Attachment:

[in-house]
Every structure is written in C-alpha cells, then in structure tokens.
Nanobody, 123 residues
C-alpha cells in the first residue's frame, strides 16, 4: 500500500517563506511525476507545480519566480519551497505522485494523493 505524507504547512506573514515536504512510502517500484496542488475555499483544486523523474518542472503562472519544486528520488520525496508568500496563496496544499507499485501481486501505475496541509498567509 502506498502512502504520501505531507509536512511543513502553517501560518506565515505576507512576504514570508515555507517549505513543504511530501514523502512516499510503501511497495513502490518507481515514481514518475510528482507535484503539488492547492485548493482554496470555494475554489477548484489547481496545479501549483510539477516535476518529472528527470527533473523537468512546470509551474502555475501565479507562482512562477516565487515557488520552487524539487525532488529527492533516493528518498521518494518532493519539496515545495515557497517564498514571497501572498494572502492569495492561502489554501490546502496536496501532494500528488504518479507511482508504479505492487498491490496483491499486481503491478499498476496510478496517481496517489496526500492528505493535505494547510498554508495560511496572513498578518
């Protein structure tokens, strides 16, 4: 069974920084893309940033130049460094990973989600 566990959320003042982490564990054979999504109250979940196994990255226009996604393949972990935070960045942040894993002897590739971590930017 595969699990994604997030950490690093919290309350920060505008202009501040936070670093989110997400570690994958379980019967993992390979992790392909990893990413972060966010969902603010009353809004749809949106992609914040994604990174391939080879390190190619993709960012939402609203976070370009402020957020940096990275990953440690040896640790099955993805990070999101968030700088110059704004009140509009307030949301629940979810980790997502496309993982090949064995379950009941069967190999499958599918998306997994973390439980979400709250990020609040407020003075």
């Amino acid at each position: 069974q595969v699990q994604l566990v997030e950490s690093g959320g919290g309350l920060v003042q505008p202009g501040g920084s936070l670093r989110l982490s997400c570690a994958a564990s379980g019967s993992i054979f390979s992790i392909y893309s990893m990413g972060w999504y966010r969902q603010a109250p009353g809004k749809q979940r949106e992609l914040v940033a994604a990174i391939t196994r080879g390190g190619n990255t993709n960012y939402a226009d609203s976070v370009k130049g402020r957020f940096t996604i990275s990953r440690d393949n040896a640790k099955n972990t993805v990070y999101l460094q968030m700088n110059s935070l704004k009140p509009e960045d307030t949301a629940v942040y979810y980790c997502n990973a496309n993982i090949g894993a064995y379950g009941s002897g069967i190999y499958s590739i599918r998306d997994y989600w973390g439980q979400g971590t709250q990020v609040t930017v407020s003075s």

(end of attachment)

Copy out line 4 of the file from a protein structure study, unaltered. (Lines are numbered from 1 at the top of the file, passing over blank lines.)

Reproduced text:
C-alpha cells in the first residue's frame, strides 16, 4: 500500500517563506511525476507545480519566480519551497505522485494523493 505524507504547512506573514515536504512510502517500484496542488475555499483544486523523474518542472503562472519544486528520488520525496508568500496563496496544499507499485501481486501505475496541509498567509 502506498502512502504520501505531507509536512511543513502553517501560518506565515505576507512576504514570508515555507517549505513543504511530501514523502512516499510503501511497495513502490518507481515514481514518475510528482507535484503539488492547492485548493482554496470555494475554489477548484489547481496545479501549483510539477516535476518529472528527470527533473523537468512546470509551474502555475501565479507562482512562477516565487515557488520552487524539487525532488529527492533516493528518498521518494518532493519539496515545495515557497517564498514571497501572498494572502492569495492561502489554501490546502496536496501532494500528488504518479507511482508504479505492487498491490496483491499486481503491478499498476496510478496517481496517489496526500492528505493535505494547510498554508495560511496572513498578518